- Canadian scientists have discovered a
virus that infects and kills cancer cells without affecting normal cells.
- The virus, called a reovirus, has been
used to kill a human cancer tumour transplanted into a mouse.
- About six different viruses that kill
cancer cells without affecting normal cells have now been discovered.
- Although work on them is still at quite
an early stage, they are regarded as a promising approach to therapy because,
unlike existing cancer therapy using chemicals or radiation, they appear
to have no side effects on normal tissue.
- Because the viruses spread naturally
from cancer cell to cancer cell, there is also the hope that they might
be capable of completely eliminating tumours, whereas some cancer cells
often survive conventional cancer treatments and grow to form new tumours.
- Normal cells
- Reoviruses, the type being used by the
team at the University of Calgary in Alberta, Canada, are completely harmless
to normal, healthy cells.
- "We found that the receptor [for
the virus] is very ubiquitous, so the virus attaches itself to all types
of cells," virologist Dr Patrick Lee said.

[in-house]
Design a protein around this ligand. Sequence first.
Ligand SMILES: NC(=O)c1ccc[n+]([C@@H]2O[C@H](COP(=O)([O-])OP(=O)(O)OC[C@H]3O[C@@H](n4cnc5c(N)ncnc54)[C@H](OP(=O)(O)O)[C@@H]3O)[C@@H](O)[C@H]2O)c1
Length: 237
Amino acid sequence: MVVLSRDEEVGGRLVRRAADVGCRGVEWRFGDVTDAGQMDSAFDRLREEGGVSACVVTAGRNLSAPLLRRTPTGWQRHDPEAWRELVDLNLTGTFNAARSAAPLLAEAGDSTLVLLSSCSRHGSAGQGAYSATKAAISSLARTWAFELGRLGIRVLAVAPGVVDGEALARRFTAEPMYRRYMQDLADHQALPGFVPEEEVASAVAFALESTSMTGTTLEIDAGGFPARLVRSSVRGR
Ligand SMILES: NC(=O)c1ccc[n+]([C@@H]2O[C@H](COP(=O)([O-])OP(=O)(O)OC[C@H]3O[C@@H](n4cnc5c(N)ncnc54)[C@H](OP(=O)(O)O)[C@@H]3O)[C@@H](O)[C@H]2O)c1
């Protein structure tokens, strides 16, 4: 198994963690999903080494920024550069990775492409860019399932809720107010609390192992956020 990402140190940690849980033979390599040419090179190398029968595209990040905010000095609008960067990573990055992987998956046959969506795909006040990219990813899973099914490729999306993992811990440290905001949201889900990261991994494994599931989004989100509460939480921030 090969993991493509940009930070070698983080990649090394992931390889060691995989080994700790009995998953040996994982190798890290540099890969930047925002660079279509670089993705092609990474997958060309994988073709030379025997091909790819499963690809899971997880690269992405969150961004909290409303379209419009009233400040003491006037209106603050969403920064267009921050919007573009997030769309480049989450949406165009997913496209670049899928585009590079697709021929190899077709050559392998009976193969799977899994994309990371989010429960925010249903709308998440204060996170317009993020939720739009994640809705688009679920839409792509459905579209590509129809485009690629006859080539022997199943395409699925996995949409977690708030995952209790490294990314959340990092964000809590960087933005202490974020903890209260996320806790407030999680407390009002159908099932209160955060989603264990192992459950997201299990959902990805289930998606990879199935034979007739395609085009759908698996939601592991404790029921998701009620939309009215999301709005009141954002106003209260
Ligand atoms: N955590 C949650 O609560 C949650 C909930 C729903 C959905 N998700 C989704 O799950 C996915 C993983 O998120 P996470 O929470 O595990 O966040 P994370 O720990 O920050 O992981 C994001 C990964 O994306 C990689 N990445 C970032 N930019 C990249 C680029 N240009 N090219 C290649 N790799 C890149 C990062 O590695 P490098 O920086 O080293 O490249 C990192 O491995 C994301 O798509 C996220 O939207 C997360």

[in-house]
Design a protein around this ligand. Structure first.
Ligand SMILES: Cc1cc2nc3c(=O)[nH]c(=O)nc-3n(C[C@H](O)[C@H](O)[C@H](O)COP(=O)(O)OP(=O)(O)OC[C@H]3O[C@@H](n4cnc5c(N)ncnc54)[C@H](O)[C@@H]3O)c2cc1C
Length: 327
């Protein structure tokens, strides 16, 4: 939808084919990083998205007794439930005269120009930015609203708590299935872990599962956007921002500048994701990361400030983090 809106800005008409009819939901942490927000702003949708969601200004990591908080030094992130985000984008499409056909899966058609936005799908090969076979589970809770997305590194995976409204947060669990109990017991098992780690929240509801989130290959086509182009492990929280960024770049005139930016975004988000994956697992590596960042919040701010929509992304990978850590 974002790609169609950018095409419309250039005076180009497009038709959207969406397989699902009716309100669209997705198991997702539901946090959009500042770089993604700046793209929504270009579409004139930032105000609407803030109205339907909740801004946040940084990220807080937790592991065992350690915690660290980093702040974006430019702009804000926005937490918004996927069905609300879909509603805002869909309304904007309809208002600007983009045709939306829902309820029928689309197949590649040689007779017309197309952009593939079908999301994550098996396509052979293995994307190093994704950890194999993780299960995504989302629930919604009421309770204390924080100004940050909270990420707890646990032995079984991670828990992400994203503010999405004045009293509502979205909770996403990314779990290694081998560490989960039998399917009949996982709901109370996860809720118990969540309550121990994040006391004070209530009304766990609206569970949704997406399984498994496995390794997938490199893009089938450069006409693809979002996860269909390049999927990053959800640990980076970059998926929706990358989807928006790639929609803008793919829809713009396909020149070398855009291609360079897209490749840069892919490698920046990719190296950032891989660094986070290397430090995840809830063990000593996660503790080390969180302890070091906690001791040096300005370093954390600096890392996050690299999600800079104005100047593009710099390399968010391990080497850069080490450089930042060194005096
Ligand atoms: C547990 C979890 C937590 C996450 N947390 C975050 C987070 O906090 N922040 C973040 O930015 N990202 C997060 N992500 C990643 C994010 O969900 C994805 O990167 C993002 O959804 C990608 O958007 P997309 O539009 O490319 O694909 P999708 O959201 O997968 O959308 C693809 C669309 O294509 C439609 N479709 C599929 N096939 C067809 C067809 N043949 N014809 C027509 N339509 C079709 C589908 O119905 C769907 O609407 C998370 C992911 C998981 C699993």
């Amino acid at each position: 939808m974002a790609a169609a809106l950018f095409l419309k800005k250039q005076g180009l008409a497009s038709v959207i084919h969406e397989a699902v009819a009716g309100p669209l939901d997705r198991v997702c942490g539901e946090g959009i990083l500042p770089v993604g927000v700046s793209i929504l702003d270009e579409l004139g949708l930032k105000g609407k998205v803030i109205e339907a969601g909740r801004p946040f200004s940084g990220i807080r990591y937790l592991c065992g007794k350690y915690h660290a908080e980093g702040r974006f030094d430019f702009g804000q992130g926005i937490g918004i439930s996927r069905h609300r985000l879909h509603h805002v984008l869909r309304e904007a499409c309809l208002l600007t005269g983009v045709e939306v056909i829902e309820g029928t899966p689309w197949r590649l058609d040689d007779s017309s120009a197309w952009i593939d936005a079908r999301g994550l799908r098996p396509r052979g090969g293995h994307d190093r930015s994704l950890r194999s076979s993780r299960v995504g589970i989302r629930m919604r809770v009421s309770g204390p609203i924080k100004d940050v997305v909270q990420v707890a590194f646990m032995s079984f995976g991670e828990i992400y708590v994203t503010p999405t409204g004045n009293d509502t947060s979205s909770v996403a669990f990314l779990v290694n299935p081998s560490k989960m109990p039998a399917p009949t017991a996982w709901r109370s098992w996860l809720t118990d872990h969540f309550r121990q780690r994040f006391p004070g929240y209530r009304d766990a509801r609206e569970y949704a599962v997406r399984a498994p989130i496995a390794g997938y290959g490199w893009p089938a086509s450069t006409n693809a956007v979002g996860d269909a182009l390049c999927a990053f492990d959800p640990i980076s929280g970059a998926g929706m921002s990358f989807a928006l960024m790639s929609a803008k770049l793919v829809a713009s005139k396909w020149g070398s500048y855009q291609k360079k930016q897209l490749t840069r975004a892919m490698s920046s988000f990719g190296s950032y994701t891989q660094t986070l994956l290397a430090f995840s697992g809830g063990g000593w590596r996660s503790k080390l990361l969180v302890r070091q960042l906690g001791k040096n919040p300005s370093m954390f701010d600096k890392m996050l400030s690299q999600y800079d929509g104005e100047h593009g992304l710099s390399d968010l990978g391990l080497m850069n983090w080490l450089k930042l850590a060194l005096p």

- "But we found that not all the cells
it binds to are infected by this virus. We found clues that oncogenes,
genes that cause cancer, could be important in allowing the virus to cause
- "So we introduced oncogenes into
cells that are normally resistant to reovirus infection, and lo and behold
we found that once the oncogenes had made the cells cancerous, they became
susceptible to reovirus infection."
- Normally, cells are naturally protected
against reovirus. But a reovirus kills cancer cells because an oncogene
known as the Ras gene makes a protein that destroys that protection.
- Brain tumour
- Next, Dr Lee tested the reovirus against
laboratory cultures of cancer cells from human breast, prostate and pancreatic
cancers, with good results. Then he tested it against a human brain tumour
transplanted into mice.
- "We injected the tumours directly
with the virus," he said. "We were able to see tumour regression
within three to four weeks. The regression appears to be complete and the
mice are still living after five to six months."
- The tumour tissue seems to have been
completely eliminated. The next step is tests in human patients.
- Dr Lee has applied to the Canadian regulatory
authorities for permission to carry out human trials, and hopes it will
be possible to start the first tests, designed to see if the treatment
is safe to use and how best to use it, within a year to 18 months.
- If the treatment does prove valuable
then it will only be for some cancers - only some have the Ras oncogene
that makes them vulnerable to the virus. Some other cancers may also be
too inaccessible for the virus to be used.